The fifth selection on the main menu (FIG. 2A) is "Edit/View Discrete Program Schedule". Selecting the "Edit/View Discrete Program Schedule" option from the main menu will cause the microprocessor to display the discrete program calendar, FIG. 2I, with the current month and year displayed in the title bar. Notice how the discrete program calendar displays a top-level view of the discrete program schedule. Here the user will begin viewing and or programming the discrete program schedule by selecting a day of a month (date) to view and or program. The associated flow chart for this main menu selection is detailed in FIGS. 3G-1 & 3G-2. The left, right, up, & down arrow keys are used to select a date to program. Movement beyond the edge of the program screen will change the calendar to the next applicable month. Notice in FIG. 2I that days of a month with a "" indicate days that already have existing programming. Here, existing programming is defined as having one or more channels enabled or disabled for the associated date. The microprocessor will display FIG. 2J if a day was chosen that has existing programming. At this point the user can exit and return to the discrete program calendar (FIG. 2I), or can make one of two programming choices. First, the user can choose to begin programming by editing/viewing the existing schedule for the selected date, or by deleting the existing schedule for the selected date and to begin programming from scratch. Once a programming selection has been made, the discrete programming for "selected date" screen (FIG. 2K) is then displayed with the above chosen date in place of the "selected date" portion of the title. If the option was chosen to edit/view the existing schedule, then the discrete programming for "selected date" screen (FIG. 2K) will be displayed with the existing program information. The user can now use the arrow keys to highlight the appropriate box for programming. As an example, the user can highlight the top left box and then use the "+", "-" or "0-9", and "enter" keys to indicate the desired channel to enable or disable. At this point the user will be prompted to define this as a channel to enable or disable in the "action" column. This is accomplished by pressing the "+" or "-" keys on the keyboard or remote control to toggle the field until the desired action is obtained. The user can now enter the time of day for this channel to be enabled/disabled by defining the starting time and ending time. Following this procedure, the user can define one or more times for this same channel or other channels to be enabled/disabled. If the user makes a programming entry in screen FIG. 2K that is not desired, the user can simply go back to the applicable field an re-enter new information. Similarly the user can highlight a box and press the "delete" key on the keyboard or remote control to erase the programming information for the selected field. Alternatively, if a date was chosen from the discrete program calendar that does not have existing programming, the user is forwarded directly to discrete programming for "selected date" screen (FIG. 2K). The user can now use the keyboard or remote control to highlight and program the appropriate boxes as in the above scenario. Once the user has completed programming the discrete programming for "selected date" screen (FIG. 2K), the user then selects "Exit". At this point the microprocessor will display the save and/or exit screen, FIG. 2G. Here the user makes the selection to save the programming changes for the selected date upon exiting, or to not save the programming changes for the selected date upon exiting. Once the user has made their selection, the microprocessor will again display the discrete program calendar, FIG. 2I. Here the user can repeat the above programming steps for a different date or the user can choose to exit and return to the main menu.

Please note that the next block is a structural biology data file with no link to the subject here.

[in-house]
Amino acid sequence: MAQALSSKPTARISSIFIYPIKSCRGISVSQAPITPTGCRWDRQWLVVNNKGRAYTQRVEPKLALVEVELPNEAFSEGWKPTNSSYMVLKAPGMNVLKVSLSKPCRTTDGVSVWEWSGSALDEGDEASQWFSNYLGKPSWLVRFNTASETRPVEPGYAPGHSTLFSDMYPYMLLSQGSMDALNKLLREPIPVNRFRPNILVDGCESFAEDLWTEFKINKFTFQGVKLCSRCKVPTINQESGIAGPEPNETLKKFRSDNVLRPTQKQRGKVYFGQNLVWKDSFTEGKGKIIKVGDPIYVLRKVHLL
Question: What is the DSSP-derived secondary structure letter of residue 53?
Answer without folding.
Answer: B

The sixth selection on the main menu (FIG. 2A) is "Discrete Schedule Status". Selecting the "Discrete Schedule Status" option from the main menu will cause the microprocessor to display the discrete schedule status screen, FIG. 2L. The associated flow chart for this main menu selection is detailed in FIG. 3H. Here the user can change the state of the discrete schedule status by making the appropriate selection via the keyboard or remote control. Note that if the main menu selection to disable all channels was made, enabling the discrete schedule will "de-select" this option. Also, if the weekly schedule is enabled, it will be over-ridden by the discrete schedule if there are any contradictions between the weekly and discrete schedule programming. As an example, if the discrete schedule has channel #47 enabled from 10 am to noon and the weekly schedule has channel #47 disabled from 7 am to 1 pm (both on the same day/date); then the viewer will be able to watch channel #47 from 10 am to noon.

The seventh selection on the main menu (FIG. 2A) is "Help". Selecting the "Help" option from the main menu will cause the microprocessor to display the help screen, FIG. 2M. Here the user can view the help screen for needed information, and can then exit by pressing the "enter" key. The associated flow chart for this main menu selection is detailed in FIG. 3I.

The eighth and last selection on the main menu (FIG. 2A) is "Set Clock & Calendar". Selecting the "Set Clock & Calendar" option from the main menu will cause the microprocessor to display the clock & calendar screen, FIG. 2N. Here the user can reset the date and time and will be returned to the main menu upon exiting. The flow chart associated with this main menu selection is detailed in FIG. 3J.